Snapchat firm share price soars on debut

The shares opened trading today at around $23.50 to $24.50, giving the company an overall valuation of $24 billion.

Though it is traditional for stock to rise in value in its first day of trading, the increase suggests early investor excitement around Snapchat, which re-branded as a Snap Inc and as a camera company in late 2016. In its initial public offering, Snap revealed user growth was up 48% year-over-year, slower than previous years. The Wall Street Journal takes a closer look at the company's "elusive" (and apparently reticent) founder.

They will list on Thursday on the New York Stock Exchange. Their remaining stakes in the company are worth $5.2 billion. The launch could encourage debuts by other so-called unicorns, tech start-ups with private valuations of US$1 billion or more.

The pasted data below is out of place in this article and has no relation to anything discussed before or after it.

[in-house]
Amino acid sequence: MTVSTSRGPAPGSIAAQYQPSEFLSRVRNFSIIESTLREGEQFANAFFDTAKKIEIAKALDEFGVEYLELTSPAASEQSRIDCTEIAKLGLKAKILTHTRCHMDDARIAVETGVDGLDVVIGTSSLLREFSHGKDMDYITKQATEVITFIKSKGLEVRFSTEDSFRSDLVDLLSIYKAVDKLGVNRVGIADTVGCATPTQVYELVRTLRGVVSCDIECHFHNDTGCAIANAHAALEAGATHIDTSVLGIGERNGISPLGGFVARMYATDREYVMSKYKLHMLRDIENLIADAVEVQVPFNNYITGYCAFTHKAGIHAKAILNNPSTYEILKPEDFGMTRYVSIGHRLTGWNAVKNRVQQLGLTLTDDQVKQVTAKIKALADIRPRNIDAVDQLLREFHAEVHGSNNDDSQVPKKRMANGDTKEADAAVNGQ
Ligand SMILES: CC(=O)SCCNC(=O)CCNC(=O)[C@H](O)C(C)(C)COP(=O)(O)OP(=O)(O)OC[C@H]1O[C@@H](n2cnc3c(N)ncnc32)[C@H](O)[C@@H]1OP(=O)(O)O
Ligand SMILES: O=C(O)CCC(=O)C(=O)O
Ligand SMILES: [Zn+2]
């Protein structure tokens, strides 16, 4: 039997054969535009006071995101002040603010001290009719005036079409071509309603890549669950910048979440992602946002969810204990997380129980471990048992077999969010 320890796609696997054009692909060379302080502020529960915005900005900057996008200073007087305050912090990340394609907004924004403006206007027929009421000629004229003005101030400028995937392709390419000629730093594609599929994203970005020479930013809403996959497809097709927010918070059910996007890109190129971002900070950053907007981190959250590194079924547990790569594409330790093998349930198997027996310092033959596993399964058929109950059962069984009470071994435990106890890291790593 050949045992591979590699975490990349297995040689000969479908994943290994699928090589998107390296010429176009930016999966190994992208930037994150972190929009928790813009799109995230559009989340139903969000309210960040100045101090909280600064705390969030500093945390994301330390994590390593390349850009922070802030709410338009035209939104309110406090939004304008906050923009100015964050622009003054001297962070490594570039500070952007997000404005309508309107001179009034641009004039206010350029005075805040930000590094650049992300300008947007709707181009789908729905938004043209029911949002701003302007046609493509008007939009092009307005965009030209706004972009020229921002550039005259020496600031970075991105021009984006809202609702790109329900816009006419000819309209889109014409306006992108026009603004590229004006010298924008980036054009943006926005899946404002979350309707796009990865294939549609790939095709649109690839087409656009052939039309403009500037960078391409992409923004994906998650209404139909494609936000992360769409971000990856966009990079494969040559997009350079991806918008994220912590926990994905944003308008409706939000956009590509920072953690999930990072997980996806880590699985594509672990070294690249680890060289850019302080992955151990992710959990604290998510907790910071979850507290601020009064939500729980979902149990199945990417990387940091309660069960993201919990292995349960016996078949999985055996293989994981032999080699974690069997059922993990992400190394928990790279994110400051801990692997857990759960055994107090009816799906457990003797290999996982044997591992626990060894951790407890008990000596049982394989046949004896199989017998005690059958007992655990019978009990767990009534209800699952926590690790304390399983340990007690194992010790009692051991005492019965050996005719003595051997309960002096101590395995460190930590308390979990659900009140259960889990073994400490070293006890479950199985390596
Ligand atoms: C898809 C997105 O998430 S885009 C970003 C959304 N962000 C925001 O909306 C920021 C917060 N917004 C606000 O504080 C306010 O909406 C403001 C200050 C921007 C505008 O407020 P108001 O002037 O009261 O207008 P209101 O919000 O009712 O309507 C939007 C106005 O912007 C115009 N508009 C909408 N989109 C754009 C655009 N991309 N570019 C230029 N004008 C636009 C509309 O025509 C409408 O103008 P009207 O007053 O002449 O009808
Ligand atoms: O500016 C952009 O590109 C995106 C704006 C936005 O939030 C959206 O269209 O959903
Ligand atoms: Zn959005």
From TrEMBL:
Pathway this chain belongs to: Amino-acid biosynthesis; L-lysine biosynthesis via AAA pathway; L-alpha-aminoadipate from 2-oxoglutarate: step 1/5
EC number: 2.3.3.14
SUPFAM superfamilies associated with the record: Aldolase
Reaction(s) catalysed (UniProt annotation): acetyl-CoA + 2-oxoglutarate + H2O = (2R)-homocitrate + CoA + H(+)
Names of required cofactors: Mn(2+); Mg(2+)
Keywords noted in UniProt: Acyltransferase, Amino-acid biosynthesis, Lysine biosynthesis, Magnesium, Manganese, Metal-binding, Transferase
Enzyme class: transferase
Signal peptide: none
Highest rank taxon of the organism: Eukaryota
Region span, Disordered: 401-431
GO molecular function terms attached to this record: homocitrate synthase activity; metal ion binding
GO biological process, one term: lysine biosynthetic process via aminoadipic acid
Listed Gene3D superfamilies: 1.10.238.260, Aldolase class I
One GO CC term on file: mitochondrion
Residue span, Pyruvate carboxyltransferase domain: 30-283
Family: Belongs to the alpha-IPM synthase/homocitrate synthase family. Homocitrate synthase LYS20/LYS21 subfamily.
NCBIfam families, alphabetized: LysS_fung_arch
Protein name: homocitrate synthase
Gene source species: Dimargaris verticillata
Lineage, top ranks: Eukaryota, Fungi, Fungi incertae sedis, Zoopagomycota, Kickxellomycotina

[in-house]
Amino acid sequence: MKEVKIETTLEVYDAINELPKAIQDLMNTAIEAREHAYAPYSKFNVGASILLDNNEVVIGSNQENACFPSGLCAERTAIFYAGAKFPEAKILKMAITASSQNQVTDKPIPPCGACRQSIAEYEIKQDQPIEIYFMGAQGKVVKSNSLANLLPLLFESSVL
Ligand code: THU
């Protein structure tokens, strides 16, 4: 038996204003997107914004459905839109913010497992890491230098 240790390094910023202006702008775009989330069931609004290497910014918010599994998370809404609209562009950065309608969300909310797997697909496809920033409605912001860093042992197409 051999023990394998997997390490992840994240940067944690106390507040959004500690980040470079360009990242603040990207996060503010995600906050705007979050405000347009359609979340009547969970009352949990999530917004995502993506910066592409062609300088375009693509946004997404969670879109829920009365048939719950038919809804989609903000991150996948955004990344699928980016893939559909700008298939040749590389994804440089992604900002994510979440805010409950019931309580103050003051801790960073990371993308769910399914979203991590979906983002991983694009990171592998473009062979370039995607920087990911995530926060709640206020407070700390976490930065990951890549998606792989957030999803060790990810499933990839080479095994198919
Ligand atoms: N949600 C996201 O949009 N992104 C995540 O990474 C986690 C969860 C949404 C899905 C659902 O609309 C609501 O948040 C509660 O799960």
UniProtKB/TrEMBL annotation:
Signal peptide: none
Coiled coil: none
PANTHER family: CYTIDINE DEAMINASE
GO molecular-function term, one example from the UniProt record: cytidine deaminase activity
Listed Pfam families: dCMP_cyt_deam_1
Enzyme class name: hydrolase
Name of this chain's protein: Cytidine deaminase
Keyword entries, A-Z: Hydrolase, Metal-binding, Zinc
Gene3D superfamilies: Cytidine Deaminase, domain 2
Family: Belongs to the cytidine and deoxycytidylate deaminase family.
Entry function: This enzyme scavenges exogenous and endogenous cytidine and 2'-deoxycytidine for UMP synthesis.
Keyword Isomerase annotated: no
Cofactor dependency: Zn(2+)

Two Boston-area venture capital firms are getting a boost from Snap's soaring stock price after the Snapchat maker had its initial public offering on Thursday. That would add $392 million to each of their net worths, based on Snap's closing price, potentially boosting it to almost $5.6 billion.

Although Snap is going public at a much earlier stage in its development than Twitter or Facebook, the five-year-old company is valuing itself at almost 60-times revenue, more than double the 27-times revenue mark Facebook fetched in its IPO. Snapchat is best known for disappearing messages.

Facebook Inc., by comparison, was valued at $104 billion at the time of its IPO, while Twitter Inc.'s value at IPO stood at just over $14 billion.

Snapchat started 2017 with 158 million daily active users, most of whom are people in their teens, 20s and early 30s.

The president of Saint Francis High School, Simon Chiu wrote in a letter to families of students saying in part, "The school's investment in Snap has matured and given us a significant boost as we continue our work towards realising the bold vision and goals".

"In a regulatory filing ahead of the IPO, the company said roughly one-quarter of its planned float of 200 million shares would be subject to a lockup of one year before that chunk could be sold".

  • Zachary Reyes